Pamela A. Pappas, MD, MD(H)

About Dr. Pam

I’m an integrative psychiatrist, classical homeopath, and coach with over 30 years’ patient care experience. My private practice provides natural treatments for adults with depression, anxiety, and stress-related health conditions; I’ve studied and practiced homeopathic medicine since 1999. As a certified Executive and Physician Burnout Prevention Coach, I help my colleagues transform burnout into wholehearted living and working.

Personal Statement
Though my training and background are firmly based in conventional medicine, I’ve gone beyond this to help my patients not responding to typical treatments. These additional studies and trainings include

  • Traditional Chinese Medicine
  • Acupuncture
  • Nutrition and Functional Medicine
  • Botanical medicine
  • Naturopathic Medicine
  • Mindfulness meditation practices
  • Guided Imagery
  • Narrative Medicine
  • Hypnosis
  • Qi gong
  • Yoga
  • Reiki
  • Therapeutic Touch
  • Thought Field Therapy (TFT) and Emotional Freedom Techniques (EFT)
  • Osteopathic manipulation (including cranial and cranio-sacral therapy)
  • Flower remedies, including Bach and Desert Flower Remedies
  • Multiple forms of coaching practice
  • Essential oils
  • Classical Homeopathy

Learning to effectively apply these additional healing traditions has required many years’ further education, practice, and mentoring; a simple weekend seminar just won’t do. Homeopathy alone takes a lifetime to master, if one ever really does.

Since childhood, I’ve been holding space for others who need witnessing and support in their healing journeys. I wouldn’t have called it “holding space” as a 4-year-old of course, but that’s what it was. Caring for other beings (and appreciating their innate self-healing capacities) just came naturally to me. Over the years I’ve looked after birds, squirrels, insects, fish, plants, snakes, dogs, cats, and people – to name just a few. These relationships have shown me both suffering and miracles. Nature has always been my wisest guide, even when my physician professors were teaching me medical interventions. Doctors arrange things so the patient can heal, remembering his/her own wholeness. We all have a life force that can assert itself, especially when well-cared for.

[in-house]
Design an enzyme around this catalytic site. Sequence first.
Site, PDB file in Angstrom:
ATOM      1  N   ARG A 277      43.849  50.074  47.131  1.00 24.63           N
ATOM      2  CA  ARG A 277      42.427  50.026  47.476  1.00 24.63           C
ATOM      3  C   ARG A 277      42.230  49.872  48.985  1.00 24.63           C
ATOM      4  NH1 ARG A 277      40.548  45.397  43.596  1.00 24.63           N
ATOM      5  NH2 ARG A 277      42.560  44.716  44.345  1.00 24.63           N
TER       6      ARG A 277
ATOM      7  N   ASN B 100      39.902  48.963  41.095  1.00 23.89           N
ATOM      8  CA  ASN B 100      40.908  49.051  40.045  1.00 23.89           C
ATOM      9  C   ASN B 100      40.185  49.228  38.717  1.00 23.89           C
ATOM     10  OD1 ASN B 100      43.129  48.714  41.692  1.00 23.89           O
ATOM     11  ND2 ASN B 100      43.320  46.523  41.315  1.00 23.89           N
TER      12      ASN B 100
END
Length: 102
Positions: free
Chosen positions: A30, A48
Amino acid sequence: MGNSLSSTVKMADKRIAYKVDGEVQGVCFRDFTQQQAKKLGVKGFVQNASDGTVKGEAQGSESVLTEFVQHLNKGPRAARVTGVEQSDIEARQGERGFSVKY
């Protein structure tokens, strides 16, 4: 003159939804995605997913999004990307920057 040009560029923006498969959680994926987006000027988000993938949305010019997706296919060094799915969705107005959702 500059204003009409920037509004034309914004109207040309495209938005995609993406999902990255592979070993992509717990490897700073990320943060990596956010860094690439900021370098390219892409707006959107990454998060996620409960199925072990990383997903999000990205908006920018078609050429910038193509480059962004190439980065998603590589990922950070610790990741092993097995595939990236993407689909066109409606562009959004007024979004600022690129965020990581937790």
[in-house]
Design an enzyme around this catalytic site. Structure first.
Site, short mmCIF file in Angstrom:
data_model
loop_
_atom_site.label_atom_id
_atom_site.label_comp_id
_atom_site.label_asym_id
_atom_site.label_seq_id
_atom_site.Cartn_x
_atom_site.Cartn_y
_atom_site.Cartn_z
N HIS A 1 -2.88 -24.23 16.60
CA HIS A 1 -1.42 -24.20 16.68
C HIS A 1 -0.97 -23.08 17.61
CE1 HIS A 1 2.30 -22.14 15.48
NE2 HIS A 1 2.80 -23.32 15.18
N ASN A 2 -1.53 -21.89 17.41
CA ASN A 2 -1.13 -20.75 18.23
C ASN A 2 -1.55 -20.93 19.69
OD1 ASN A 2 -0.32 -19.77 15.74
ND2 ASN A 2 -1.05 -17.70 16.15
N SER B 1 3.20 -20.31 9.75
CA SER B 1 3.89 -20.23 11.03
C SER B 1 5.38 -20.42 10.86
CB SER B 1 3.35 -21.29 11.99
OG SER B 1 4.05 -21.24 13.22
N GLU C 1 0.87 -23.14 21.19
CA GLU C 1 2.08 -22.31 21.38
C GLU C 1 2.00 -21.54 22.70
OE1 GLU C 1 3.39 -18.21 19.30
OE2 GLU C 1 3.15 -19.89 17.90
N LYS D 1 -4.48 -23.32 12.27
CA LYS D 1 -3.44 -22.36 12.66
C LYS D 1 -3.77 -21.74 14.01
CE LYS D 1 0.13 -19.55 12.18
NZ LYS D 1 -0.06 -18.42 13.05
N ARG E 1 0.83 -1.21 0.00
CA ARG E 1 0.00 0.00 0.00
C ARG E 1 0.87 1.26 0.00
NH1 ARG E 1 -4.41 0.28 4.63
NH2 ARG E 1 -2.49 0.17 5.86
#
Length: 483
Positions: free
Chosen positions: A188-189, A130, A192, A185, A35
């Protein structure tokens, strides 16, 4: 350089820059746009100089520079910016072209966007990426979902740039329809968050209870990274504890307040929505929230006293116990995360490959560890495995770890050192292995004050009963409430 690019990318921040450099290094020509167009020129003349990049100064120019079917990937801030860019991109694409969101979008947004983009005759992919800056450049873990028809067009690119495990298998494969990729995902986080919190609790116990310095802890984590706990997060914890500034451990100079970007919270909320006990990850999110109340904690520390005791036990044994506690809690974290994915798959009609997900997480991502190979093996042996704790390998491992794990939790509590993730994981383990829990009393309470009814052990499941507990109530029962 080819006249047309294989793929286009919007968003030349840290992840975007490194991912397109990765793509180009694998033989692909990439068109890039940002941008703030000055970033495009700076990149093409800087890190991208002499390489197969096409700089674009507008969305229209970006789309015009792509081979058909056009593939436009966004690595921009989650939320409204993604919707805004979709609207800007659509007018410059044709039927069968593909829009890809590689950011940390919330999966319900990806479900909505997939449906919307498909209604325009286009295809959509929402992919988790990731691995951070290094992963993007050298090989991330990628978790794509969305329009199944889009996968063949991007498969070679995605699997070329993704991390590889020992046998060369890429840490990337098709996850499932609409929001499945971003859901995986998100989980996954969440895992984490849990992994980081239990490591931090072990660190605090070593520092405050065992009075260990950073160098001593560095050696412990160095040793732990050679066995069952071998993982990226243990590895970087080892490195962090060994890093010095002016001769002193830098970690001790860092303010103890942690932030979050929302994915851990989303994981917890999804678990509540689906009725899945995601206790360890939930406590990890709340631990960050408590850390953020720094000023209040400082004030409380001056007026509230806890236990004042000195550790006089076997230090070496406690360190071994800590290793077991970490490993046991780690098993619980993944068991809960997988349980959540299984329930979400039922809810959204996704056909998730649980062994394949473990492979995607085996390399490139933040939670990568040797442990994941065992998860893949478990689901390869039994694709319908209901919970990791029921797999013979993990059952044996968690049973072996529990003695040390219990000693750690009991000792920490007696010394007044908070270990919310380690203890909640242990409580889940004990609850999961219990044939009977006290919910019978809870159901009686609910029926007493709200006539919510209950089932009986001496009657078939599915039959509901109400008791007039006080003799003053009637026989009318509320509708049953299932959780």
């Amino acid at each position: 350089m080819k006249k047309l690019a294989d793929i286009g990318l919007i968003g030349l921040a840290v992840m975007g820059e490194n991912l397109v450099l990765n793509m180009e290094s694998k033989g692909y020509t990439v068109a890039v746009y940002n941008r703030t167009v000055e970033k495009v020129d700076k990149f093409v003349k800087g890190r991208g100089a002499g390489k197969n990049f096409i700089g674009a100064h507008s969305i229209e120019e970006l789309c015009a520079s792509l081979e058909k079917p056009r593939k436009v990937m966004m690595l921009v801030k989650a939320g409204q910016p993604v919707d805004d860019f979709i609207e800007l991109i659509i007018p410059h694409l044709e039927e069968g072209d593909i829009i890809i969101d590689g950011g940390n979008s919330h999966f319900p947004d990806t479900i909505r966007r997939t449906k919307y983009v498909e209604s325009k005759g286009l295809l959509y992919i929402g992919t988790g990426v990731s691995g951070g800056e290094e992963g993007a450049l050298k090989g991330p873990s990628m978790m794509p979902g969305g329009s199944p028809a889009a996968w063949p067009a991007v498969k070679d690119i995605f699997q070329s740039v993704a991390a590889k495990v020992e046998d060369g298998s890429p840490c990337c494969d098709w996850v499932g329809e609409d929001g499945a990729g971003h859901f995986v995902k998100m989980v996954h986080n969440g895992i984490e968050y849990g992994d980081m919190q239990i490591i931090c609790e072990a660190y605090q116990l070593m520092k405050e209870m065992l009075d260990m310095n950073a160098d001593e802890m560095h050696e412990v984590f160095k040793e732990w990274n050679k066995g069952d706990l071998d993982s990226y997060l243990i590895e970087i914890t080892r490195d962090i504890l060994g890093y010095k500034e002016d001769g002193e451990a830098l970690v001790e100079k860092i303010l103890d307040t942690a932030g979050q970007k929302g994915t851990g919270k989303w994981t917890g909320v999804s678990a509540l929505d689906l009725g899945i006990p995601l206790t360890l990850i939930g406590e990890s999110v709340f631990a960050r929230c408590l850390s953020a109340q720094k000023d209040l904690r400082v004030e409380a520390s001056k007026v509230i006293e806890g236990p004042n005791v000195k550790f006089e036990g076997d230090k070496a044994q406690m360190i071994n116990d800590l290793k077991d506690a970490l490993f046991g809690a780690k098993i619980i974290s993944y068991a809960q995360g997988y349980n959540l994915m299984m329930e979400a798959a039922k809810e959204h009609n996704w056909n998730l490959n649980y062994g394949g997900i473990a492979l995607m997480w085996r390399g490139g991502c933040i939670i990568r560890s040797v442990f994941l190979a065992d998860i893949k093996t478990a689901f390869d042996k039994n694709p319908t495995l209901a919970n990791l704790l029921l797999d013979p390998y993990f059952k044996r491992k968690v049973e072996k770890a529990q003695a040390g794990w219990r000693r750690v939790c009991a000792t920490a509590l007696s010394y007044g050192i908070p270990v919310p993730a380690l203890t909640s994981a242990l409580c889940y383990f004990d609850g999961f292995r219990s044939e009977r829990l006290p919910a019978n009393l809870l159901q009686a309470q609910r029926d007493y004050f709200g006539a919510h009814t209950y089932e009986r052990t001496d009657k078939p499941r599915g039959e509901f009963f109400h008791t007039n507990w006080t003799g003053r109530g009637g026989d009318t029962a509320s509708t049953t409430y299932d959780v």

As Hippocrates said: “The natural force within each of us is the greatest healer of all.” Sometimes though, the hardest thing is remembering that illness and death can be part of healing. Working as a hospice psychiatrist painted this vividly for me.

To me, “holding space” means allowing others to be as completely and openly themselves as possible. This grows with consistent presence and trust. Also, it requires nonjudgmental listening – being a safe place to share complex emotions and experiences like sadness, fear, and trauma. It means providing the time and space for others to access their own wisdom, rather than rushing to “fix” or control things myself. Since the culture of Medicine often encourages the latter, we doctors must palpate our own [sometimes anxious] pulses while working with others. Holding space means not intruding my needs on the situation – and instead, standing for what my patients and coaching clients view as important, helping them to protect and prioritize it.  Any suggestions I make are in terms of possibilities, which the person may agree with or not.